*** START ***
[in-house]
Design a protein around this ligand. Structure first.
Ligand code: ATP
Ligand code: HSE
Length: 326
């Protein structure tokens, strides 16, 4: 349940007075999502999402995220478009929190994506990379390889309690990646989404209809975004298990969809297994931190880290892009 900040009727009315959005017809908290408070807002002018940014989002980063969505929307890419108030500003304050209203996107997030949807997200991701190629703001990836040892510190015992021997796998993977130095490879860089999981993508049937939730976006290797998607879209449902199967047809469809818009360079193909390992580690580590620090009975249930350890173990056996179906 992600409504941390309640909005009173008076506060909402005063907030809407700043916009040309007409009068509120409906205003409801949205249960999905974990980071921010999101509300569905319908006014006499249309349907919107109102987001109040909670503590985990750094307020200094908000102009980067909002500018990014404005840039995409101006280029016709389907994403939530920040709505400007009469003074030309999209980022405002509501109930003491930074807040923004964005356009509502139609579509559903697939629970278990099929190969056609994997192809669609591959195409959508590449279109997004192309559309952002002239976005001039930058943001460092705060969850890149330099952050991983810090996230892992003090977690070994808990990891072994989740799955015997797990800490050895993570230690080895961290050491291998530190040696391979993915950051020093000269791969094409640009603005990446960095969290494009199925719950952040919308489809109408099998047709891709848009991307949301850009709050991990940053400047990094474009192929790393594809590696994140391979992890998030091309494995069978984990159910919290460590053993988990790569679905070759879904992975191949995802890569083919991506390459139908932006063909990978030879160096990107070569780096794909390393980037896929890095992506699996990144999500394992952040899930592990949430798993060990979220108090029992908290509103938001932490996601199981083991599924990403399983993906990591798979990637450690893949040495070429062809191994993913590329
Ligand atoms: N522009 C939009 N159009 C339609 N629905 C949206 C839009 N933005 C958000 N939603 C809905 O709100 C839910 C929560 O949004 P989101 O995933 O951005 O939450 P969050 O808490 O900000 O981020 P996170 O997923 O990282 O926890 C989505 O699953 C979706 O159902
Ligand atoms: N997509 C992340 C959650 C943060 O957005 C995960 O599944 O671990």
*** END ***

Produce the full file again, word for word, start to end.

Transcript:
[in-house]
Design a protein around this ligand. Structure first.
Ligand code: ATP
Ligand code: HSE
Length: 326
């Protein structure tokens, strides 16, 4: 349940007075999502999402995220478009929190994506990379390889309690990646989404209809975004298990969809297994931190880290892009 900040009727009315959005017809908290408070807002002018940014989002980063969505929307890419108030500003304050209203996107997030949807997200991701190629703001990836040892510190015992021997796998993977130095490879860089999981993508049937939730976006290797998607879209449902199967047809469809818009360079193909390992580690580590620090009975249930350890173990056996179906 992600409504941390309640909005009173008076506060909402005063907030809407700043916009040309007409009068509120409906205003409801949205249960999905974990980071921010999101509300569905319908006014006499249309349907919107109102987001109040909670503590985990750094307020200094908000102009980067909002500018990014404005840039995409101006280029016709389907994403939530920040709505400007009469003074030309999209980022405002509501109930003491930074807040923004964005356009509502139609579509559903697939629970278990099929190969056609994997192809669609591959195409959508590449279109997004192309559309952002002239976005001039930058943001460092705060969850890149330099952050991983810090996230892992003090977690070994808990990891072994989740799955015997797990800490050895993570230690080895961290050491291998530190040696391979993915950051020093000269791969094409640009603005990446960095969290494009199925719950952040919308489809109408099998047709891709848009991307949301850009709050991990940053400047990094474009192929790393594809590696994140391979992890998030091309494995069978984990159910919290460590053993988990790569679905070759879904992975191949995802890569083919991506390459139908932006063909990978030879160096990107070569780096794909390393980037896929890095992506699996990144999500394992952040899930592990949430798993060990979220108090029992908290509103938001932490996601199981083991599924990403399983993906990591798979990637450690893949040495070429062809191994993913590329
Ligand atoms: N522009 C939009 N159009 C339609 N629905 C949206 C839009 N933005 C958000 N939603 C809905 O709100 C839910 C929560 O949004 P989101 O995933 O951005 O939450 P969050 O808490 O900000 O981020 P996170 O997923 O990282 O926890 C989505 O699953 C979706 O159902
Ligand atoms: N997509 C992340 C959650 C943060 O957005 C995960 O599944 O671990």